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The Gram-negative bacterium Kerstersia gyiorum, a potential etiological agent of clinical infections, was isolated from several human patients presenting clinical symptoms. Its significance as a possible pathogen has been previously overlooked as no disease has thus far been definitively associated with this bacterium. To better understand how the organism contributes to the infectious disease, we determined the complete genomic sequence of K. gyiorum SWMUKG01, the first clinical isolate from southwest China.
This article was published in the following journal.
Name: PloS one
We characterized the first ceftazidime-avibactam-resistant KPC-producing-Klebsiella pneumoniae clinical isolate detected in Greece, before the introduction of ceftazidime-avibactam in clinical practic...
To characterize the structure of a variant of Acinetobacter genomic island 1 (AGI1) in the Enterobacter cloacae clinical isolate EclC2185 responsible for an 8 year outbreak in Dijon University Hospi...
Genome sequencing as a technology is rapidly transitioning from research into healthcare. By 2025 over 60 million patients across the globe will have their genomes sequenced in a healthcare setting [1...
A substantial fraction of archaeal genes, from ∼30% to as much as 80%, encode 'hypothetical' proteins or genomic 'dark matter'. Archaeal genomes typically contain a higher fraction of dark matter co...
The bla gene was rarely reported in Citrobacter koseri isolates. Here we report the first draft genome sequence of a bla-carrying C. koseri isolate from a patient with diarrhea.
Over the last 10 years, technological advances in molecular biology enabled a more accurate genomic characterization of tumors. For each tumor location, this led to the identification of s...
OBJECTIVES: I. Evaluate migraine prophylaxis with soy protein isolate in patients with hereditary hemorrhagic telangiectasia. II. Assess whether soy protein isolate reduces the frequenc...
This study was designed to obtain information about the change in postprandial amino acids in blood over time, after consumption of different dairy products with varying proportions of whe...
In the RESPONDER study, the role of the immune evasive mechanisms combined with genomic characterization will be explored in urothelial cancer patients treated with second-line treatment w...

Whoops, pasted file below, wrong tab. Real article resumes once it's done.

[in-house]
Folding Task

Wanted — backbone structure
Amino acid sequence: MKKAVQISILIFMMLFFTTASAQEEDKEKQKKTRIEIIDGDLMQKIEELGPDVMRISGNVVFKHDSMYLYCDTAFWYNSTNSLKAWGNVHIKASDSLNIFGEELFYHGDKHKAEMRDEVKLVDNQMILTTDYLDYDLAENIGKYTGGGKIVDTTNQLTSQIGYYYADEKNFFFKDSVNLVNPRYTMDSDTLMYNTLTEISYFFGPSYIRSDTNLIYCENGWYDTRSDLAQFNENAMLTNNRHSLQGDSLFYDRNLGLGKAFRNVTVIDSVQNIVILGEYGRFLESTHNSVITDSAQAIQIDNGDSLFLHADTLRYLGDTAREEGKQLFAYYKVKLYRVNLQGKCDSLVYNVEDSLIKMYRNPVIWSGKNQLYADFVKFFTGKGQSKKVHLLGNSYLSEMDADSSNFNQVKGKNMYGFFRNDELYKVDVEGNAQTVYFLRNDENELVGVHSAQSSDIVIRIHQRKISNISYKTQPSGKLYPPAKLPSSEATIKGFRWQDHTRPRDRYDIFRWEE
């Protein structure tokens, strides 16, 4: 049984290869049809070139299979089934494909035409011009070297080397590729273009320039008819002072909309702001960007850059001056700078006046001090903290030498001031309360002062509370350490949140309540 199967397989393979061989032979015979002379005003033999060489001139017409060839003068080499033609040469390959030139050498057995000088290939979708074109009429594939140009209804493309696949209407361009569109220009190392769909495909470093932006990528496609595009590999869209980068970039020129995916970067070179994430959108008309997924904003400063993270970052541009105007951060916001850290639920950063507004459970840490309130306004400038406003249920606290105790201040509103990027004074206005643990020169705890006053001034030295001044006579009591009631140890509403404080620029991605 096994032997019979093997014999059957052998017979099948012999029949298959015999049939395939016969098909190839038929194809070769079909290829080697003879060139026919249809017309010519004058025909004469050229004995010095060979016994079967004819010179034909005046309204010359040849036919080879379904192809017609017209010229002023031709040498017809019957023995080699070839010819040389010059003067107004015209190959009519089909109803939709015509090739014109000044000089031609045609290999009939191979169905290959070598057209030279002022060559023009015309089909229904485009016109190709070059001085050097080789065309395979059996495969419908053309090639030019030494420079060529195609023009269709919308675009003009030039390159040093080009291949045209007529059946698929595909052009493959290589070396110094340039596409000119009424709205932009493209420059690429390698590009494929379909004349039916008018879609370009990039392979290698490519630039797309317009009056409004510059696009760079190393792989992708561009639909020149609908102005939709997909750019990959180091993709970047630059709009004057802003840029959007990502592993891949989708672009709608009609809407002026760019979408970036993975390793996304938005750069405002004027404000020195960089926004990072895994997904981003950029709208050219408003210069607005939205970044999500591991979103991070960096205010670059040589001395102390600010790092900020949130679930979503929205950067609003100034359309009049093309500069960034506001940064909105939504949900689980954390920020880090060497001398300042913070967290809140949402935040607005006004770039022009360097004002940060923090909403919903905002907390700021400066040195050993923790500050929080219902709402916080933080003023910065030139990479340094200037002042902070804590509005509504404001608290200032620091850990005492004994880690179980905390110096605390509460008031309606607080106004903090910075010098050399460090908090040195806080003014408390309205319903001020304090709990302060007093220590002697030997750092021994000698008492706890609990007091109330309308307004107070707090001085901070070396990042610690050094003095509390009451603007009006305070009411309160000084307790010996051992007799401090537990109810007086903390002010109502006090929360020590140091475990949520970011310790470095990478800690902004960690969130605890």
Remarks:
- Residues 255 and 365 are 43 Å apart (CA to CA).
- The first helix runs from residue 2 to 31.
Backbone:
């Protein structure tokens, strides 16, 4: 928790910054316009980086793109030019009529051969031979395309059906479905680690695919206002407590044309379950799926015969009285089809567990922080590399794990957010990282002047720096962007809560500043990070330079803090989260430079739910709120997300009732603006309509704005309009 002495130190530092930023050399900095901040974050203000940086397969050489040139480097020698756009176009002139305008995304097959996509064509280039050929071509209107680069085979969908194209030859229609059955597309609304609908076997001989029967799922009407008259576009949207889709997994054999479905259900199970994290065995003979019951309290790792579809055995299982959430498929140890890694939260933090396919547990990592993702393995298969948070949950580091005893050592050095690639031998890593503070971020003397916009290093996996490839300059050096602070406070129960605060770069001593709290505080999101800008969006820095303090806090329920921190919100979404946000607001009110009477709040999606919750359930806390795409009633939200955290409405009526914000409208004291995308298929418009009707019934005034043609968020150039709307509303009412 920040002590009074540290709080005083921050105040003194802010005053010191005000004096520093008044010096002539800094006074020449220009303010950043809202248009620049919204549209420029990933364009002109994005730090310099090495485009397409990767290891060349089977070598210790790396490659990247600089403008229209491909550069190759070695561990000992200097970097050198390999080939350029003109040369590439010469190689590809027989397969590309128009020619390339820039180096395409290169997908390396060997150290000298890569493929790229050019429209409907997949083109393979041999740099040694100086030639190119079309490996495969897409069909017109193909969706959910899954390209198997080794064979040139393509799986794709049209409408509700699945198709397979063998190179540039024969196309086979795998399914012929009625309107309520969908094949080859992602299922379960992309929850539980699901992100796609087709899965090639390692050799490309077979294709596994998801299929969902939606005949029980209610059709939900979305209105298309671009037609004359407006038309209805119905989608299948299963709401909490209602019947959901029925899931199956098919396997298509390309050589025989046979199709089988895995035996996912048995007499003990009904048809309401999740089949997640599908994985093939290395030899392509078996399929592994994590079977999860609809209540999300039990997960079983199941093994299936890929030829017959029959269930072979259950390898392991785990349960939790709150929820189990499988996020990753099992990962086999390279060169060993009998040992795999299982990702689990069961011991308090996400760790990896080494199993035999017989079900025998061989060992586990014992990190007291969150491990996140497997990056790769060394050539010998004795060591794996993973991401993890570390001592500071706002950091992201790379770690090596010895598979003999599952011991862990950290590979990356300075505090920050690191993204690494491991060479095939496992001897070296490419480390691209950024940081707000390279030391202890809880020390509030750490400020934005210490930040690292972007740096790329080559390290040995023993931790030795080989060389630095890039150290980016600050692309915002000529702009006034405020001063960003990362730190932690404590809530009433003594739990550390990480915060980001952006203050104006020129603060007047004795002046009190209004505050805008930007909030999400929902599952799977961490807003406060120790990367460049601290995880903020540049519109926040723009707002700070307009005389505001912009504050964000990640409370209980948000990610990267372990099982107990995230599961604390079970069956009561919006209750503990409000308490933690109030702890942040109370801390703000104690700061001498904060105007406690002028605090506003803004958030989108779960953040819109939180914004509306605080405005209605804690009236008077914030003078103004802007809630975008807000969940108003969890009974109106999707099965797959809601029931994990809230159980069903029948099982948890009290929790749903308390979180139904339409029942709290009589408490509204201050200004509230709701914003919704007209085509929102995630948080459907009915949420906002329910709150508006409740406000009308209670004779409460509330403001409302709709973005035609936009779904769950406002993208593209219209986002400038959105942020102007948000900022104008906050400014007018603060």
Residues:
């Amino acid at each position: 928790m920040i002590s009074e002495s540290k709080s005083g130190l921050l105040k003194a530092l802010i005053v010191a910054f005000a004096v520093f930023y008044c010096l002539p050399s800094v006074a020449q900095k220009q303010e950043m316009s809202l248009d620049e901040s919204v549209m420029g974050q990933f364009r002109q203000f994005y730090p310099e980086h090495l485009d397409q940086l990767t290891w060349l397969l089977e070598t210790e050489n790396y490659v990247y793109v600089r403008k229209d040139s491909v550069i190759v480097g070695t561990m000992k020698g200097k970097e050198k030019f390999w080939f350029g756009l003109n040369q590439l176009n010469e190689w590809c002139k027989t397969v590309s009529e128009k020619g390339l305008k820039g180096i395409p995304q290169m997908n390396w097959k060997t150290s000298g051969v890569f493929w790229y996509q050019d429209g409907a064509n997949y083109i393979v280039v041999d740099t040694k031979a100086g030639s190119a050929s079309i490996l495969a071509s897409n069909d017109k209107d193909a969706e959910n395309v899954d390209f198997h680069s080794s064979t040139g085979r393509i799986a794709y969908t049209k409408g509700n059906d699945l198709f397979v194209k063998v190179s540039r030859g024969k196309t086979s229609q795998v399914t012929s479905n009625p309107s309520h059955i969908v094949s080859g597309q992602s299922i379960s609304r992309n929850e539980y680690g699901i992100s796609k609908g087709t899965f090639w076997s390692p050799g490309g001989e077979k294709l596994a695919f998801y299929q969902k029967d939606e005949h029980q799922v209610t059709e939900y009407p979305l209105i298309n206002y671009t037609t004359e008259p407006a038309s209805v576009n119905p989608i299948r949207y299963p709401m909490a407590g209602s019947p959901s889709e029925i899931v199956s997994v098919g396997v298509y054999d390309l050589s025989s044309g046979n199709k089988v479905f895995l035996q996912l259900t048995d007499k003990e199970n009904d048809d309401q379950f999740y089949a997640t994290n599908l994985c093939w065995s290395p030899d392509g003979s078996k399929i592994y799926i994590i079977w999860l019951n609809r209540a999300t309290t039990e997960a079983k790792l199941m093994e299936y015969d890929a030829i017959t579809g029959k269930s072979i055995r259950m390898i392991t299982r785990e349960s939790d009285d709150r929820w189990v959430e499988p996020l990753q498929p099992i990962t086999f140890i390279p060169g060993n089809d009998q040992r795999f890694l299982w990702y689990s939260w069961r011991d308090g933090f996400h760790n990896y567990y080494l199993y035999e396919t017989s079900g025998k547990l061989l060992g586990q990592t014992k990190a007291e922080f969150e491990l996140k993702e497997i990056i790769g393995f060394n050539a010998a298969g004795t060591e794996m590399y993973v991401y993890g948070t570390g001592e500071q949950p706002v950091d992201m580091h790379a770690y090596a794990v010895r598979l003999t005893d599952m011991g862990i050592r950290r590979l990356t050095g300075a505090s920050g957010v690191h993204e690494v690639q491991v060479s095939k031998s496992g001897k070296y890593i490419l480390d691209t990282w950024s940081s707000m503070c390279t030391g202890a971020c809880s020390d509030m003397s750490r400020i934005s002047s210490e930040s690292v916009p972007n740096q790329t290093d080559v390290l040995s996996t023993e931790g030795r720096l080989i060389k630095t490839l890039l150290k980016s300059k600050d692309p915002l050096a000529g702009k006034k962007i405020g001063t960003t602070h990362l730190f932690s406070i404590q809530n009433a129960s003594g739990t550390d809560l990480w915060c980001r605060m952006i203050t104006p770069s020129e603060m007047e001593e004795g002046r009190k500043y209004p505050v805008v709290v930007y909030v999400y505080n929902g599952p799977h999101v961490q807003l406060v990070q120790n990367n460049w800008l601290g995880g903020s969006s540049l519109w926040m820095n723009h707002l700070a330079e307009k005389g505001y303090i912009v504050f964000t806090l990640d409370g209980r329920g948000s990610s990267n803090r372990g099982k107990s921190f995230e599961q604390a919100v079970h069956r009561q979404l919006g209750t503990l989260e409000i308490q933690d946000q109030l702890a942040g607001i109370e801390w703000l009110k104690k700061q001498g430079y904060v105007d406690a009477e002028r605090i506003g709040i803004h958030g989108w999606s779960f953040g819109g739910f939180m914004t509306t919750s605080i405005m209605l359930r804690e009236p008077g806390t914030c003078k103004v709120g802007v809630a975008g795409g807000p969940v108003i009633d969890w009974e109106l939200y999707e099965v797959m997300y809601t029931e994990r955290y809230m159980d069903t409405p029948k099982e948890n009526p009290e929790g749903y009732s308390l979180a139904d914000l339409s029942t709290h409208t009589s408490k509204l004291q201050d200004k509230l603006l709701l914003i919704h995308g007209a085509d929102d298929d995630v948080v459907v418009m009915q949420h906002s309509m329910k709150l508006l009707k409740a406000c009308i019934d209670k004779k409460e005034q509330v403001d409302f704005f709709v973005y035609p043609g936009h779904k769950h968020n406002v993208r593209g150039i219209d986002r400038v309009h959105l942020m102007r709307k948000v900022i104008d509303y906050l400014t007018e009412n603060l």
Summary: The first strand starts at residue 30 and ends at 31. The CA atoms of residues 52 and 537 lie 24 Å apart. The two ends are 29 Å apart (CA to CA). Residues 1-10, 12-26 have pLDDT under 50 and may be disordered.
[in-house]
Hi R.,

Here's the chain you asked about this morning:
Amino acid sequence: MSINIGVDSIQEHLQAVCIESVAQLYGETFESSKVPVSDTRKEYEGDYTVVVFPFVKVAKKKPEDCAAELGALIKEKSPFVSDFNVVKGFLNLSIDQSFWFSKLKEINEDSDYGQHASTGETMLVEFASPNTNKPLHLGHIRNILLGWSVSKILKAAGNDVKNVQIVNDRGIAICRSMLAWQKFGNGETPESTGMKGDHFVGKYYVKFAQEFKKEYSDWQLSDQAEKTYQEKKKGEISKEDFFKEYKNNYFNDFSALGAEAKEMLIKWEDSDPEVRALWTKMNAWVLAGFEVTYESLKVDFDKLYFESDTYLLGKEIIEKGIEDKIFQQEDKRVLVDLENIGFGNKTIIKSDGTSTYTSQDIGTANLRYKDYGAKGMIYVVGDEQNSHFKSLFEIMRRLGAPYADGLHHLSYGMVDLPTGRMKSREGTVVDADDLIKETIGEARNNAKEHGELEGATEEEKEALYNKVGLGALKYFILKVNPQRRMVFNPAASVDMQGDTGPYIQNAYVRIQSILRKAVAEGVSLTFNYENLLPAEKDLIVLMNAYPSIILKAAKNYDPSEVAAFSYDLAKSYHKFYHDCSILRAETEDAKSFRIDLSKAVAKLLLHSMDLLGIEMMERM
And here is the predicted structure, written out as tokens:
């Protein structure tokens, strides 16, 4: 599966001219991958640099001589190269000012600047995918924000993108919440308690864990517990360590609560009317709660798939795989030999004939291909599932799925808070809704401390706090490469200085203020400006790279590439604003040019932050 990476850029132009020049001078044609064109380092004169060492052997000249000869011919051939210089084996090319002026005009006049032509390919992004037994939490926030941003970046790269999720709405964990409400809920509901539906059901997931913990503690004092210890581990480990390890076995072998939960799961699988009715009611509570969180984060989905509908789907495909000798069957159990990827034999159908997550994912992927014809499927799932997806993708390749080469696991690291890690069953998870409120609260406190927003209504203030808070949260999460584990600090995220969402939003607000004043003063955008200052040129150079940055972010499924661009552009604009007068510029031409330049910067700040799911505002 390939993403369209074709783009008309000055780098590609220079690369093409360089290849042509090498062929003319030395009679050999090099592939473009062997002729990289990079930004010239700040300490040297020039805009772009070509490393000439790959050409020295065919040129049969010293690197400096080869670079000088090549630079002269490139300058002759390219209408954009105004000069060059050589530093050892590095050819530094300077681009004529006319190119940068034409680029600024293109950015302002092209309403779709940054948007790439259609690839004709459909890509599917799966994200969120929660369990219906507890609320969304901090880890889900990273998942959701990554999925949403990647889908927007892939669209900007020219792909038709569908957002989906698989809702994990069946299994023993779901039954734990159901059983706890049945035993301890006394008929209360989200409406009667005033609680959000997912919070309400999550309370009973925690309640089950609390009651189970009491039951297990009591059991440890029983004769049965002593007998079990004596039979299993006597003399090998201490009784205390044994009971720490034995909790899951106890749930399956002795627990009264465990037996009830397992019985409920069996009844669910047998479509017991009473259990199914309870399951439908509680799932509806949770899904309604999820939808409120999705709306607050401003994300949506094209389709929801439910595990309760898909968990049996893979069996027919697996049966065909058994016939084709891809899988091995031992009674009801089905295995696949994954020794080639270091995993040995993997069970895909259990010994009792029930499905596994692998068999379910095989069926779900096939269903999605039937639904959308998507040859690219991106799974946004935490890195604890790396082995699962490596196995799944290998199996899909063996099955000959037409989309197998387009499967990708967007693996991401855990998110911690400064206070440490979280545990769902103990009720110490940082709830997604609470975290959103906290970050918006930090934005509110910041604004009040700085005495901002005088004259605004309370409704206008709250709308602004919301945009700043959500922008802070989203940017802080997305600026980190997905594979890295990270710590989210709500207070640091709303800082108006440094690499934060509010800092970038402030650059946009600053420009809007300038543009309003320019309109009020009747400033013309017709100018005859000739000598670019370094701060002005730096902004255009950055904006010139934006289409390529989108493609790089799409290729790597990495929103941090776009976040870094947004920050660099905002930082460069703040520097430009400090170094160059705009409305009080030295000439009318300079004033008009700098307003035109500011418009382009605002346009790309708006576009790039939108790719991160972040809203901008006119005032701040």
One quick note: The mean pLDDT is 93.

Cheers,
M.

This is a prospective open registry to measure the impact on first-line therapy of genomic testing of biopsy tissue from recently diagnosed treatment-naïve patients with early stage local...
Contiguous large-scale (1000-400,000 basepairs) differences in the genomic DNA between individuals, due to SEQUENCE DELETION; SEQUENCE INSERTION; or SEQUENCE INVERSION.
The systematic study of annotated genomic information to global protein expression in order to determine the relationship between genomic sequences and both expressed proteins and predicted protein sequences.
A method for analyzing and mapping differences in the copy number of specific genes or other large sequences between two sets of chromosomal DNA. It is used to look for large sequence changes such as deletions, duplications, or amplifications within the genomic DNA of an individual (with a tumor for example) or family members or population or between species.
A large collection of DNA fragments cloned (CLONING, MOLECULAR) from a given organism, tissue, organ, or cell type. It may contain complete genomic sequences (GENOMIC LIBRARY) or complementary DNA sequences, the latter being formed from messenger RNA and lacking intron sequences.
Separation of one or more kinds of cells from whole blood with the return of other blood cell constituents to the patient or donor. This is accomplished with an instrument that uses centrifugation to separate the cells into different layers based on the differences in cell density (displacement) or drag coefficients in a current (elutriation). The procedure is commonly used in adoptive transfer to isolate NK cells, lymphocytes, or monocytes.
Asthma COPD Cystic Fibrosis Pneumonia Pulmonary Medicine Respiratory Respiratory tract infections (RTIs) are any infection of the sinuses, throat, airways or lungs. They're usually caused by viruses, but they can also ...